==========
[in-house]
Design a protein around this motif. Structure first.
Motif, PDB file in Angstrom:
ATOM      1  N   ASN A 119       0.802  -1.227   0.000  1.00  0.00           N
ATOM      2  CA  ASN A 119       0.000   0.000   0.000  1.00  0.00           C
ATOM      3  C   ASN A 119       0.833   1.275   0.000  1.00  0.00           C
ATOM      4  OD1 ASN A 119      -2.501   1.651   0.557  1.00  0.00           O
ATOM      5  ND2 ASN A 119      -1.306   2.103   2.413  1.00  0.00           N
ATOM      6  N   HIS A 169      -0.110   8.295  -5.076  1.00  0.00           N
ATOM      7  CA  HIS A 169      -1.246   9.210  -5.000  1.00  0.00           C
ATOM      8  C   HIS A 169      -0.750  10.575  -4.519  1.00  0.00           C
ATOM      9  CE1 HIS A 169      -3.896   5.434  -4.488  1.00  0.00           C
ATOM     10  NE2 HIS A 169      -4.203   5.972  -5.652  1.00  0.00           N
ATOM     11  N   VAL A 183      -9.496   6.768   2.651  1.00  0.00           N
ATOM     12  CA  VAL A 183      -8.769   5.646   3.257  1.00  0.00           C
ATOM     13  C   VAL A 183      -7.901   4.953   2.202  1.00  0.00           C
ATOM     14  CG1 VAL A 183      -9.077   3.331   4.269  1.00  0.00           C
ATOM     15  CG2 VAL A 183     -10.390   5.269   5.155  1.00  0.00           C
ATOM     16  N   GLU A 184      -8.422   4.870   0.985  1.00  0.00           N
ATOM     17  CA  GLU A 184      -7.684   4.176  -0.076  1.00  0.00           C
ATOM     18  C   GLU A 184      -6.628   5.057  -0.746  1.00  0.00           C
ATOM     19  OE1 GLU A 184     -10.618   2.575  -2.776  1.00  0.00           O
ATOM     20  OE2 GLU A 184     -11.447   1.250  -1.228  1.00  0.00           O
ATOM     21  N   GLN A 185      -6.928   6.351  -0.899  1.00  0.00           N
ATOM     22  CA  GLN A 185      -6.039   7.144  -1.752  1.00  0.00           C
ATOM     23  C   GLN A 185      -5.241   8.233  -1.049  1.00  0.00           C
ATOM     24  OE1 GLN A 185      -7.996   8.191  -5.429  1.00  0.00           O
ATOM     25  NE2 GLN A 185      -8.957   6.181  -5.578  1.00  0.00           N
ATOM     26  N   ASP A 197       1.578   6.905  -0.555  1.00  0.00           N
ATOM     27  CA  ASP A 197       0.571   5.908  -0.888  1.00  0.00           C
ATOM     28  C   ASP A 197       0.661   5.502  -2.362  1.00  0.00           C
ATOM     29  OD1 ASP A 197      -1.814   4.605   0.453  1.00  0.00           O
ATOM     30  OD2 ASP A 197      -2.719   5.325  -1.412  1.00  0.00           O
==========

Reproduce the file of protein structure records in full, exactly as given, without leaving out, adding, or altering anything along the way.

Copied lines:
[in-house]
Design a protein around this motif. Structure first.
Motif, PDB file in Angstrom:
ATOM      1  N   ASN A 119       0.802  -1.227   0.000  1.00  0.00           N
ATOM      2  CA  ASN A 119       0.000   0.000   0.000  1.00  0.00           C
ATOM      3  C   ASN A 119       0.833   1.275   0.000  1.00  0.00           C
ATOM      4  OD1 ASN A 119      -2.501   1.651   0.557  1.00  0.00           O
ATOM      5  ND2 ASN A 119      -1.306   2.103   2.413  1.00  0.00           N
ATOM      6  N   HIS A 169      -0.110   8.295  -5.076  1.00  0.00           N
ATOM      7  CA  HIS A 169      -1.246   9.210  -5.000  1.00  0.00           C
ATOM      8  C   HIS A 169      -0.750  10.575  -4.519  1.00  0.00           C
ATOM      9  CE1 HIS A 169      -3.896   5.434  -4.488  1.00  0.00           C
ATOM     10  NE2 HIS A 169      -4.203   5.972  -5.652  1.00  0.00           N
ATOM     11  N   VAL A 183      -9.496   6.768   2.651  1.00  0.00           N
ATOM     12  CA  VAL A 183      -8.769   5.646   3.257  1.00  0.00           C
ATOM     13  C   VAL A 183      -7.901   4.953   2.202  1.00  0.00           C
ATOM     14  CG1 VAL A 183      -9.077   3.331   4.269  1.00  0.00           C
ATOM     15  CG2 VAL A 183     -10.390   5.269   5.155  1.00  0.00           C
ATOM     16  N   GLU A 184      -8.422   4.870   0.985  1.00  0.00           N
ATOM     17  CA  GLU A 184      -7.684   4.176  -0.076  1.00  0.00           C
ATOM     18  C   GLU A 184      -6.628   5.057  -0.746  1.00  0.00           C
ATOM     19  OE1 GLU A 184     -10.618   2.575  -2.776  1.00  0.00           O
ATOM     20  OE2 GLU A 184     -11.447   1.250  -1.228  1.00  0.00           O
ATOM     21  N   GLN A 185      -6.928   6.351  -0.899  1.00  0.00           N
ATOM     22  CA  GLN A 185      -6.039   7.144  -1.752  1.00  0.00           C
ATOM     23  C   GLN A 185      -5.241   8.233  -1.049  1.00  0.00           C
ATOM     24  OE1 GLN A 185      -7.996   8.191  -5.429  1.00  0.00           O
ATOM     25  NE2 GLN A 185      -8.957   6.181  -5.578  1.00  0.00           N
ATOM     26  N   ASP A 197       1.578   6.905  -0.555  1.00  0.00           N
ATOM     27  CA  ASP A 197       0.571   5.908  -0.888  1.00  0.00           C
ATOM     28  C   ASP A 197       0.661   5.502  -2.362  1.00  0.00           C
ATOM     29  OD1 ASP A 197      -1.814   4.605   0.453  1.00  0.00           O
ATOM     30  OD2 ASP A 197      -2.719   5.325  -1.412  1.00  0.00           O